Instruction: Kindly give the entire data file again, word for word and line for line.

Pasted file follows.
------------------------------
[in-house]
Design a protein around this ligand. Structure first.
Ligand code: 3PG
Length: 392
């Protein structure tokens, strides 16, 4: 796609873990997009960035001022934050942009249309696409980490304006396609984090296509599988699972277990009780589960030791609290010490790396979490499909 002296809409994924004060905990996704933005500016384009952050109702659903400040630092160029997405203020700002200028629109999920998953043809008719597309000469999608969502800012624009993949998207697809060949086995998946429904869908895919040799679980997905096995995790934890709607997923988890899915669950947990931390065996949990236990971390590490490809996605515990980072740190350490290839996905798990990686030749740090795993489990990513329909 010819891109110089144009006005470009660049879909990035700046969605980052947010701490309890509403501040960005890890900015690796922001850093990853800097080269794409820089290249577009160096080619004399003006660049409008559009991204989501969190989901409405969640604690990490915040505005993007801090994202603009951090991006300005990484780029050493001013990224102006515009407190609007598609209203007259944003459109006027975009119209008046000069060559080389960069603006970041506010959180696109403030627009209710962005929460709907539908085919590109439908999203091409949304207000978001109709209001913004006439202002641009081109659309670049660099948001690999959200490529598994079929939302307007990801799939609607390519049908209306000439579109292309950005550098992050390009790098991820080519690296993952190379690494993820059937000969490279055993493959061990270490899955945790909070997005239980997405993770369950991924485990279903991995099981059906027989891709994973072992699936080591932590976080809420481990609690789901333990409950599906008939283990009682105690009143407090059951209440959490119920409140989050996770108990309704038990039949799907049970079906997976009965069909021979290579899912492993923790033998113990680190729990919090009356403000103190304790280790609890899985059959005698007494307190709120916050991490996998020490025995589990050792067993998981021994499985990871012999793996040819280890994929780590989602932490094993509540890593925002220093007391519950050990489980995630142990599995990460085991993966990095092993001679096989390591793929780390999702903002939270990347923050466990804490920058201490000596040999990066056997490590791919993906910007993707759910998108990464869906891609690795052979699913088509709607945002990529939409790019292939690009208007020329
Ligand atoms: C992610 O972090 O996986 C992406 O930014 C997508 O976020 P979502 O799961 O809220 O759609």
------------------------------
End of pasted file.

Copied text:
[in-house]
Design a protein around this ligand. Structure first.
Ligand code: 3PG
Length: 392
């Protein structure tokens, strides 16, 4: 796609873990997009960035001022934050942009249309696409980490304006396609984090296509599988699972277990009780589960030791609290010490790396979490499909 002296809409994924004060905990996704933005500016384009952050109702659903400040630092160029997405203020700002200028629109999920998953043809008719597309000469999608969502800012624009993949998207697809060949086995998946429904869908895919040799679980997905096995995790934890709607997923988890899915669950947990931390065996949990236990971390590490490809996605515990980072740190350490290839996905798990990686030749740090795993489990990513329909 010819891109110089144009006005470009660049879909990035700046969605980052947010701490309890509403501040960005890890900015690796922001850093990853800097080269794409820089290249577009160096080619004399003006660049409008559009991204989501969190989901409405969640604690990490915040505005993007801090994202603009951090991006300005990484780029050493001013990224102006515009407190609007598609209203007259944003459109006027975009119209008046000069060559080389960069603006970041506010959180696109403030627009209710962005929460709907539908085919590109439908999203091409949304207000978001109709209001913004006439202002641009081109659309670049660099948001690999959200490529598994079929939302307007990801799939609607390519049908209306000439579109292309950005550098992050390009790098991820080519690296993952190379690494993820059937000969490279055993493959061990270490899955945790909070997005239980997405993770369950991924485990279903991995099981059906027989891709994973072992699936080591932590976080809420481990609690789901333990409950599906008939283990009682105690009143407090059951209440959490119920409140989050996770108990309704038990039949799907049970079906997976009965069909021979290579899912492993923790033998113990680190729990919090009356403000103190304790280790609890899985059959005698007494307190709120916050991490996998020490025995589990050792067993998981021994499985990871012999793996040819280890994929780590989602932490094993509540890593925002220093007391519950050990489980995630142990599995990460085991993966990095092993001679096989390591793929780390999702903002939270990347923050466990804490920058201490000596040999990066056997490590791919993906910007993707759910998108990464869906891609690795052979699913088509709607945002990529939409790019292939690009208007020329
Ligand atoms: C992610 O972090 O996986 C992406 O930014 C997508 O976020 P979502 O799961 O809220 O759609």